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The Long-Term Care Dilemma

This post is the third of a three-part series on retiree healthcare expenses.

Part 1: Drivers of Retiree Healthcare Expenses
Part 2: Understanding Medicare
Part 3: The Long-term Care Dilemma


In this final post of the series, I tackle how you should factor the potential cost of long-term care (LTC) into your overall healthcare expenses.


What is long-term care?


Long-term care (LTC) typically refers to a combination of personal and medical care for anyone who develops memory problems or otherwise requires assistance with the 6 activities of daily living: bathing, eating, dressing, toileting, transferring (e.g., moving from a bed to a chair), and continence.

There are many care settings, ranging from adult day care (lowest level of care) to private room nursing home care (highest level of care). For the sake of simplicity, I am going to focus on the costs of three of the most common care settings: home care, assisted living, and private room nursing home.

  1. Home Care

As more and more seniors opt to “age in place,” home care has become an increasingly popular option. With home care, health aides provide service to individuals in their own homes to help with the 6 activities of daily living as well as a range of other services, such as meal preparation, household chores, transportation, and companionship. The care is personalized and can be extensive, but keep in mind it is not medical care.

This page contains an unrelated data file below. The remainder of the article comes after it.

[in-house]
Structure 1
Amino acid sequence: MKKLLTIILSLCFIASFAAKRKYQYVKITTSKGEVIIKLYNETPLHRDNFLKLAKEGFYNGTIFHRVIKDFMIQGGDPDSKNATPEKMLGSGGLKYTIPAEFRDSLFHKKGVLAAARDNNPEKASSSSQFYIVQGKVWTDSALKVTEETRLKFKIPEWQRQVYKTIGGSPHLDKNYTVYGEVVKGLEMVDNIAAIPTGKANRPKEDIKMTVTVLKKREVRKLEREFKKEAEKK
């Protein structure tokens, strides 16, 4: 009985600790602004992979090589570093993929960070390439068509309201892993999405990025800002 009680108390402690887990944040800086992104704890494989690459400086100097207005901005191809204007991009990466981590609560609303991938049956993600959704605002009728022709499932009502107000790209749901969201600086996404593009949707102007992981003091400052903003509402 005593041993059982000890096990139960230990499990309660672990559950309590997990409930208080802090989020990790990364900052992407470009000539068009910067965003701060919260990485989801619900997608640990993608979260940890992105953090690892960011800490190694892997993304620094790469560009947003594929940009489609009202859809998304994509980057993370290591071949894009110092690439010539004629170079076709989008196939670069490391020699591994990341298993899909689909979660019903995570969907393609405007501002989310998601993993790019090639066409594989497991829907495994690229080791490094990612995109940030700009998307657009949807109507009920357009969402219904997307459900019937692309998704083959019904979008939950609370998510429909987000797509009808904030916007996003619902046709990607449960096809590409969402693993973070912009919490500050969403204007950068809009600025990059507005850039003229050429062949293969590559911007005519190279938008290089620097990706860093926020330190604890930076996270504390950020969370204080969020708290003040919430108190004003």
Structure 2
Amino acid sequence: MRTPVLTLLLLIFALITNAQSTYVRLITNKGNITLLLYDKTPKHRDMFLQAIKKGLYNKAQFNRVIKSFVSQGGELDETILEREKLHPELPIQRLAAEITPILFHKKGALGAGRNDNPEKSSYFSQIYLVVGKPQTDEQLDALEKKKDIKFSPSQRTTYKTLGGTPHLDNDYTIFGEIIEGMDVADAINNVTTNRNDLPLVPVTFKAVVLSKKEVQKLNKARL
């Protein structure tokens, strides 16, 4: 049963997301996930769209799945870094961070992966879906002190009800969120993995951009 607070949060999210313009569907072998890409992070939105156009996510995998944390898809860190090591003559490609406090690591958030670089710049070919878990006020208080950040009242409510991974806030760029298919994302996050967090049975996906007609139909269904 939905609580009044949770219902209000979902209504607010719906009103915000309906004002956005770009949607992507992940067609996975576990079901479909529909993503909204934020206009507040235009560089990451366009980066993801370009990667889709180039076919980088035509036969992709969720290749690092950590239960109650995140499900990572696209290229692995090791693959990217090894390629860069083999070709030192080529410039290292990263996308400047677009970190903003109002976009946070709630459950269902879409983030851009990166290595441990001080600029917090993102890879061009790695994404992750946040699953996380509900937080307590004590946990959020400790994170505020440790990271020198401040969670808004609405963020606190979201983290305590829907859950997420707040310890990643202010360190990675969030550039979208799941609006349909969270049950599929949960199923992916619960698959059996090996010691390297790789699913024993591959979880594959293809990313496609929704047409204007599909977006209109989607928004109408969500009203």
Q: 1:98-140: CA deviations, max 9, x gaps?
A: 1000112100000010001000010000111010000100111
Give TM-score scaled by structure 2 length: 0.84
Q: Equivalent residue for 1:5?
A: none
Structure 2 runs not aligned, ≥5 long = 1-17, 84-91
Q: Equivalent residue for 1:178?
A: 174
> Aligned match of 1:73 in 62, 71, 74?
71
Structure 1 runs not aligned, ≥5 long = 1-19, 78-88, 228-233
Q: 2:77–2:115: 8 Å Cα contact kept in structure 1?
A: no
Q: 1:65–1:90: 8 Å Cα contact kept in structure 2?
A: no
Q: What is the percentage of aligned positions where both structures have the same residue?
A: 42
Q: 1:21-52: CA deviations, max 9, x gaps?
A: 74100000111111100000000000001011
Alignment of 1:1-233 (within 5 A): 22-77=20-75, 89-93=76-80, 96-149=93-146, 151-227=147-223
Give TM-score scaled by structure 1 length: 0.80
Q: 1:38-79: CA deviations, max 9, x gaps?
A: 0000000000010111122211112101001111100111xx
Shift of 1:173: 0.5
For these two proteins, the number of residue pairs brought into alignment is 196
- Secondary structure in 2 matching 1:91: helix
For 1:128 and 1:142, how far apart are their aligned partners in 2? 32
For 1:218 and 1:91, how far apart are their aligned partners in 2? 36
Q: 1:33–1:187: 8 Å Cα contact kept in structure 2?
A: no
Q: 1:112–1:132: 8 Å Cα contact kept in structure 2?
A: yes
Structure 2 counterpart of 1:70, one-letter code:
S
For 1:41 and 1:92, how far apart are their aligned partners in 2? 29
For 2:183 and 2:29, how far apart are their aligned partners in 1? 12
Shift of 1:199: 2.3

1. Assisted Living

Assisted living is considered an intermediate level of care. It is a residential arrangement that combines personal care with health/medical services. The level of care is not as extensive as that of a nursing home, but typically there are staff on site round-the-clock to assist in the event of an emergency. Most assisted living facilities offer meals and activities/social events for residents.

  1. Nursing Home

A nursing home provides a higher level of supervision and care than an assisted living facility. Nursing homes offer residents personal care assistance, room and board, supervision, medication, therapies and rehabilitation, and on-site nursing care 24 hours a day.


The Cost of LTC


According to Genworth’s annual Cost of Care Survey, here is the annual national average cost for each of the three care settings compared against the cost in several major U.S. cities.

In-Home Care[1] Assisted Living[2] Nursing Home[3]
National Average $52K $49K $102K
Boston, MA $65K $77K $162K
New York, NY $57K $83K $161K
San Francisco, CA $75K $57K $155K
Washington, DC $57K $61K $149K
Chicago, IL $57K $57K $111K

So, for example, if you need a three-year stay in a nursing home in Boston, expect to pay around $486K.


The “LTC Dilemma”


 As I mentioned in my last post, LTC is not covered by Medicare, which means you need to plan for these costs separately! So why is LTC such an under-planned area of personal financial planning? I believe there are a few key reasons:

  1. Broad range of outcomes